Resilient Hearst still starter at TB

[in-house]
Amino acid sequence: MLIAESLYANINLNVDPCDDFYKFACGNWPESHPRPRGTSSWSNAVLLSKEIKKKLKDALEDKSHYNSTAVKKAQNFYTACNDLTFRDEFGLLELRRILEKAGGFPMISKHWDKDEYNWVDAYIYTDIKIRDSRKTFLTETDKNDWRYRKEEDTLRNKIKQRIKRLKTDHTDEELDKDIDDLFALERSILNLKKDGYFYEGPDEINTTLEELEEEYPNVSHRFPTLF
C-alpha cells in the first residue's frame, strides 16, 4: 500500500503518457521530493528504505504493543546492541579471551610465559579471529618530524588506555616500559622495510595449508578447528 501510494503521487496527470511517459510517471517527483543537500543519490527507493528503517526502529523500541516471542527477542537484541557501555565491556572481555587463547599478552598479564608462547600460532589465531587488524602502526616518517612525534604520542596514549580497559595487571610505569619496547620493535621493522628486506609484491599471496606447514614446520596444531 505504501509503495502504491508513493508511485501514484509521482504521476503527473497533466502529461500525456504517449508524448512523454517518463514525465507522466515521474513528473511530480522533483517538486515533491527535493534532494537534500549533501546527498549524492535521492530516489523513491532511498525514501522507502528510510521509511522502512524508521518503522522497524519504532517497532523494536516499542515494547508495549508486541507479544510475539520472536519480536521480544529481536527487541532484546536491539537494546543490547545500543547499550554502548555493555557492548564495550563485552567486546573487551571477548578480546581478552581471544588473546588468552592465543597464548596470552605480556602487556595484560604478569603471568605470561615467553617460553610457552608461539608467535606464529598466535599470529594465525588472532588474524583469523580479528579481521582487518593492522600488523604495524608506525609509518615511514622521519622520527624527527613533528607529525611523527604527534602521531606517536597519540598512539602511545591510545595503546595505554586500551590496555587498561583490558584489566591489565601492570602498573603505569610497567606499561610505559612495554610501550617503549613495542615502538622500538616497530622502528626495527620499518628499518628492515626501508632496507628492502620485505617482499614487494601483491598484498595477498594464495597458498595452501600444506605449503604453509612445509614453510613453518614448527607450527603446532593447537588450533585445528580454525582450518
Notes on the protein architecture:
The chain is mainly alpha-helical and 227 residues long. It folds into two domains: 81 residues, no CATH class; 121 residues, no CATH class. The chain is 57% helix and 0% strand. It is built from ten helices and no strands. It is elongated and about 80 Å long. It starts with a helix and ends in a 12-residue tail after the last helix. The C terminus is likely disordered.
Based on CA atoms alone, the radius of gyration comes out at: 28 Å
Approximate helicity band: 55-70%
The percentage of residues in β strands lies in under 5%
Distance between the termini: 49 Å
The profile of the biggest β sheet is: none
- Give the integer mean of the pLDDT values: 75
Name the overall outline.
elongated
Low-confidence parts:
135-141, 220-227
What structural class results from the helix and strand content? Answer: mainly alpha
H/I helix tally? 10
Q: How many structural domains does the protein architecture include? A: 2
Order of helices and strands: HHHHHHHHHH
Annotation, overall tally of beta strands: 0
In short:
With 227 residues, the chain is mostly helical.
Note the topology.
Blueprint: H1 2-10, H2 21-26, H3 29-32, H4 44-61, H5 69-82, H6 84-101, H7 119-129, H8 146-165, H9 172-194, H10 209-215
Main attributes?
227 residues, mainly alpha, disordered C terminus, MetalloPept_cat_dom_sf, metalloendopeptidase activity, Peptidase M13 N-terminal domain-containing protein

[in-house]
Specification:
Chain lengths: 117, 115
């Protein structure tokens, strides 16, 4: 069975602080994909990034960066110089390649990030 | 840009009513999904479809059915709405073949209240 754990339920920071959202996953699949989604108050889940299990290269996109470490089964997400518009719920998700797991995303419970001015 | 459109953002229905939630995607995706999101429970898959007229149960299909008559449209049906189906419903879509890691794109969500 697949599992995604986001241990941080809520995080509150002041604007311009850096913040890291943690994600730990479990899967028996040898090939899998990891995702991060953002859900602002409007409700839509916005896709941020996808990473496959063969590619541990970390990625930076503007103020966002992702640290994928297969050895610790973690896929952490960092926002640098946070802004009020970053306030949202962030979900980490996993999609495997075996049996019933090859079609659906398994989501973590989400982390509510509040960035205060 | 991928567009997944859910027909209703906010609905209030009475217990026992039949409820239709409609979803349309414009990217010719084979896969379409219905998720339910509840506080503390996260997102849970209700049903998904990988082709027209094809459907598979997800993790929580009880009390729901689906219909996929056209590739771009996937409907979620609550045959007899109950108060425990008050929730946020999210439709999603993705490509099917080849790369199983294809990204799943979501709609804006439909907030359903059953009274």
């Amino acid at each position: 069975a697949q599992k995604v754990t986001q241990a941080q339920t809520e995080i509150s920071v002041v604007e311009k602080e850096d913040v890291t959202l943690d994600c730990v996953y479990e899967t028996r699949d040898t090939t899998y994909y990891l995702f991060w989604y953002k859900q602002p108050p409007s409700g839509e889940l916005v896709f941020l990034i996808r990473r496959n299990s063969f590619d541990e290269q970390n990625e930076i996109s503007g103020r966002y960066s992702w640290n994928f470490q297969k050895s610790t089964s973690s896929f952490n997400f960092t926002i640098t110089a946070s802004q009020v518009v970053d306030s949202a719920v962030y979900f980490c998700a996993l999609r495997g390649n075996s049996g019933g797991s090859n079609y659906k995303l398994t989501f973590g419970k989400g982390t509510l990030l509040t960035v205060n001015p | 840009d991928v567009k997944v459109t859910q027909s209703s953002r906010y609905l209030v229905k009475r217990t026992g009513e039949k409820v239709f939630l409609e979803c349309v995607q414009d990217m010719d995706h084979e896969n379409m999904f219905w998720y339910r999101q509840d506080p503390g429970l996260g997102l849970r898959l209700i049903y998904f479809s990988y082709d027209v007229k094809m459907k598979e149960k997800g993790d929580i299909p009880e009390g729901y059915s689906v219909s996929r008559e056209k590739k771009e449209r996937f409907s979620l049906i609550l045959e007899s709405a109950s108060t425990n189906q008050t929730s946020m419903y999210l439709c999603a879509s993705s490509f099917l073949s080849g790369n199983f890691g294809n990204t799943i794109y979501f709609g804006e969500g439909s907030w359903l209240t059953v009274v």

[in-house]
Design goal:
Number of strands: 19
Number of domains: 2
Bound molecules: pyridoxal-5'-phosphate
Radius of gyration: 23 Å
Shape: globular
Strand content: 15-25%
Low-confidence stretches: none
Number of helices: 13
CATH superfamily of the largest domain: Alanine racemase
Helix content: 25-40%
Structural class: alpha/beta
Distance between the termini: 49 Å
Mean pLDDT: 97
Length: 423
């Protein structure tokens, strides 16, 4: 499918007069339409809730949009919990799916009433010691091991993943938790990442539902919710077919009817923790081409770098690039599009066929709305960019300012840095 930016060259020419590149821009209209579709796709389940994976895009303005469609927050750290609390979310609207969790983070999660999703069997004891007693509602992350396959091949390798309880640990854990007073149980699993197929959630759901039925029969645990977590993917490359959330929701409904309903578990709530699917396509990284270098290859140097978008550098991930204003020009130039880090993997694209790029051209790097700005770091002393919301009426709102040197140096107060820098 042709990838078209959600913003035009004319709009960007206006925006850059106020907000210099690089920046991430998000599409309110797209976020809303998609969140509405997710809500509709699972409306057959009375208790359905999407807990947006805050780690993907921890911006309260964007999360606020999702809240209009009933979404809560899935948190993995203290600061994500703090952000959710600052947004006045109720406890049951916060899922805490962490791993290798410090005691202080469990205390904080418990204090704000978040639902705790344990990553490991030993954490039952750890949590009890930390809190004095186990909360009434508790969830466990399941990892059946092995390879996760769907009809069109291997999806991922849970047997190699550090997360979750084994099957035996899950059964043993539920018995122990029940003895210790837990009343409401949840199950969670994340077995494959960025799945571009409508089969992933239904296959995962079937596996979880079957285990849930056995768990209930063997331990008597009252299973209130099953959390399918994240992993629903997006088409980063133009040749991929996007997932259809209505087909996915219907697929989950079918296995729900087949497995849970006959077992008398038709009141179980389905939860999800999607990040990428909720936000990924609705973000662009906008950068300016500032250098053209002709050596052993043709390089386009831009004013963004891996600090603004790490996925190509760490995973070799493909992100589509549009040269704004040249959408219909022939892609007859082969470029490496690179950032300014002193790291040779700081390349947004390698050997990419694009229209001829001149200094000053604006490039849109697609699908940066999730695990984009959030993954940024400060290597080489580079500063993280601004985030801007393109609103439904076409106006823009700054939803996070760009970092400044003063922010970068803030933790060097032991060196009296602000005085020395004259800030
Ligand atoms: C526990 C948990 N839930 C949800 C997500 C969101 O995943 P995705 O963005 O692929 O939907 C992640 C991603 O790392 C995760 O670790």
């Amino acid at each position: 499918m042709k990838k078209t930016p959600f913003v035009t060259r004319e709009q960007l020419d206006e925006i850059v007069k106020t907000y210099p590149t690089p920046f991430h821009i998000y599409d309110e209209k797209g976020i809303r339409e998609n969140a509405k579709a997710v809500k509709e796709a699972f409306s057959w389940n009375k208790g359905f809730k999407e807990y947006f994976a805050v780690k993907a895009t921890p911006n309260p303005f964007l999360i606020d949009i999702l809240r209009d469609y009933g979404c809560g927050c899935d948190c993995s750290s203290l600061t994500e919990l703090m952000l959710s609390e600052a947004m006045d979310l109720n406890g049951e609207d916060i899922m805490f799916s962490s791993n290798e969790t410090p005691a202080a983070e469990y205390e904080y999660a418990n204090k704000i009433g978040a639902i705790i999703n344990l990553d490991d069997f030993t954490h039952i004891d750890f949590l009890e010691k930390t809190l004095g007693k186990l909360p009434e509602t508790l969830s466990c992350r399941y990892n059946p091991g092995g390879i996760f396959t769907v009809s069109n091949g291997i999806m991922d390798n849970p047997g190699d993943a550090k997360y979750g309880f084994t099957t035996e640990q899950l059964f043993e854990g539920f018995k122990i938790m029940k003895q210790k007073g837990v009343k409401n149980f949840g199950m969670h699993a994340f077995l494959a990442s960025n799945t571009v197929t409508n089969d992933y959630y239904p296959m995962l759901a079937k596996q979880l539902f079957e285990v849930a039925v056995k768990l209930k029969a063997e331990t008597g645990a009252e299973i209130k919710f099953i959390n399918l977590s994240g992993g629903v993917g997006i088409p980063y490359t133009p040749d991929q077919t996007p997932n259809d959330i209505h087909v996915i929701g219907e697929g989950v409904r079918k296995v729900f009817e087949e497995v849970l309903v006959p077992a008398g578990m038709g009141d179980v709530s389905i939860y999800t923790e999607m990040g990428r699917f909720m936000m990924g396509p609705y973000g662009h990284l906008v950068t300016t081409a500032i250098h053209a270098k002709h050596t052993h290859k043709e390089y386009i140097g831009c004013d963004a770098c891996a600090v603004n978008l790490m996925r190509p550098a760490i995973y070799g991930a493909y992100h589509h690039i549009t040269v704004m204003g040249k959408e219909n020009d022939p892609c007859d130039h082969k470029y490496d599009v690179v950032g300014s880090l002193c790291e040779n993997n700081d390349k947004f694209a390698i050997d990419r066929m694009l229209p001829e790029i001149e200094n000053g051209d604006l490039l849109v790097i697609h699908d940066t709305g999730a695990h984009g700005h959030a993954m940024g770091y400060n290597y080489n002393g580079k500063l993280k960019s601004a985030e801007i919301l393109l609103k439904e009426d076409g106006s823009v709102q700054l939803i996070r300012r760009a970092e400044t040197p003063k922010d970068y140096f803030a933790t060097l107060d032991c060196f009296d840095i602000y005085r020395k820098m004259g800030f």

Hearst received the vote of approval earlier this week from coach Dennis Erickson to retain his starting role as the team's featured back. It's the third consecutive season Hearst will open as the team's starter after he returned from a career-threatening ankle condition that forced him to miss the 1999 and 2000 seasons. Hearst also missed the majority of his first two NFL seasons with Arizona after suffering a knee injury that required surgery in his rookie year of 1993. He twice has been named the NFL's Comeback Player of the Year - the only player in league history to hold that distinction. Now, at age 32, Hearst is beginning his 11th season in the NFL at a position where most players don't last nearly that long. "I feel blessed that I'm still able to play, considering the things I went through," Hearst said Thursday. "But I still feel like I can get better. With the opportunity, you've just got to go out and take advantage of it, because they're few and far now." Hearst has shared carries the past two seasons with Barlow, the team's third-round draft pick in 2001. That didn't stop Hearst from gaining 1,206 yards on 252 carries and reaching the Pro Bowl that year. Last season, Hearst gained 972 yards and scored a career-high eight touchdowns rushing. Barlow's workload and production increased from 125 carries for 512 yards rushing as a rookie to 145 carries for 675 yards last season. He continued to display solid and steady development during this past spring and summer, and his emergence was expected to perhaps squeeze Hearst out of the starting lineup this year. But that didn't happen. While San Francisco coaches are impressed with Barlow's ability, Hearst's talent, experience, veteran leadership and savvy have kept a lock on the starting job. "Garrison Hearst is an outstanding tailback," Erickson said. "Garrison is in a situation that has another outstanding tailback. We're going to split time with them. He's had a great career and will continue to. He knows what he can and can't do and we're going to take advantage of what he can do." Erickson has indicated there will be more carries this season for Barlow, and the two tailbacks are expected to rotate series to begin the season against the Bears. That doesn't seem to faze Hearst, who is the NFL's seventh-leading active rusher with 7,117 yards. He moved into fourth place last season on San Francisco's all-time career rushing list. Hearst has rushed for 4,767 yards in his four active seasons with the 49ers, including a team-record 1,570 in 1998. "That's the coaches' decision about what they're going to do," Hearst said. "It's something I've got to deal with, so I just do it. I want to play, so whatever it takes to get on the field." Barlow, who openly campaigned for the starter's role during training camp, missed two preseason games with a right hamstring strain. That gave the starting job to Hearst practically by default because of his experience, track record and relatively good health. "That's fair," Barlow said. "It's only fair that Garrison gets the starting job, because he's been here working hard. He won it. But you never know. It might have been a different story if I was out here practicing and being able to compete for the job. They definitely would have had to think about who was the starter if I'd been out there." Erickson indicated that might not have made much difference in the decision. "Kevin will play a lot, but Garrison's our starter," Erickson said. "I don't know that I've ever seen resilience like Garrison Hearst. He loves playing the game. He just loves the game. He just loves being around his teammates. I guess if you could define the word 'true professional,' it would probably be Garrison Hearst."
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